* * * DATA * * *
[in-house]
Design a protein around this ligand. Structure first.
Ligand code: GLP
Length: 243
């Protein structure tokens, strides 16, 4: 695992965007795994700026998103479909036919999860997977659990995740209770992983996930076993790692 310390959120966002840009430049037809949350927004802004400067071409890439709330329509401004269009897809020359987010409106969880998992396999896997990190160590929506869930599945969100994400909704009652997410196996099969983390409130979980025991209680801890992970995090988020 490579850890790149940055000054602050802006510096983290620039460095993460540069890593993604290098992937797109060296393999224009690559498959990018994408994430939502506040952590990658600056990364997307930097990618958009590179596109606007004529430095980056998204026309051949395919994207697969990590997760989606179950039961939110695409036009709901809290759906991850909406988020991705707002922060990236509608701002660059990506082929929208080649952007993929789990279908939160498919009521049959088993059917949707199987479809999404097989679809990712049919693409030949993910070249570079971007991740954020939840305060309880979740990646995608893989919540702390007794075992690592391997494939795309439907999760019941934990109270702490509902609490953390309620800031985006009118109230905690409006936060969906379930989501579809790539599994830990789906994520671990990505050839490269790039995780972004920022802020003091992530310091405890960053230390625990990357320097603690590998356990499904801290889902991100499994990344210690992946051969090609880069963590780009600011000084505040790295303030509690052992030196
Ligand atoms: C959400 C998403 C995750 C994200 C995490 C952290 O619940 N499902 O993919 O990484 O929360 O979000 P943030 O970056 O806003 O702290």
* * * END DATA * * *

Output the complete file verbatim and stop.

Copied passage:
[in-house]
Design a protein around this ligand. Structure first.
Ligand code: GLP
Length: 243
């Protein structure tokens, strides 16, 4: 695992965007795994700026998103479909036919999860997977659990995740209770992983996930076993790692 310390959120966002840009430049037809949350927004802004400067071409890439709330329509401004269009897809020359987010409106969880998992396999896997990190160590929506869930599945969100994400909704009652997410196996099969983390409130979980025991209680801890992970995090988020 490579850890790149940055000054602050802006510096983290620039460095993460540069890593993604290098992937797109060296393999224009690559498959990018994408994430939502506040952590990658600056990364997307930097990618958009590179596109606007004529430095980056998204026309051949395919994207697969990590997760989606179950039961939110695409036009709901809290759906991850909406988020991705707002922060990236509608701002660059990506082929929208080649952007993929789990279908939160498919009521049959088993059917949707199987479809999404097989679809990712049919693409030949993910070249570079971007991740954020939840305060309880979740990646995608893989919540702390007794075992690592391997494939795309439907999760019941934990109270702490509902609490953390309620800031985006009118109230905690409006936060969906379930989501579809790539599994830990789906994520671990990505050839490269790039995780972004920022802020003091992530310091405890960053230390625990990357320097603690590998356990499904801290889902991100499994990344210690992946051969090609880069963590780009600011000084505040790295303030509690052992030196
Ligand atoms: C959400 C998403 C995750 C994200 C995490 C952290 O619940 N499902 O993919 O990484 O929360 O979000 P943030 O970056 O806003 O702290």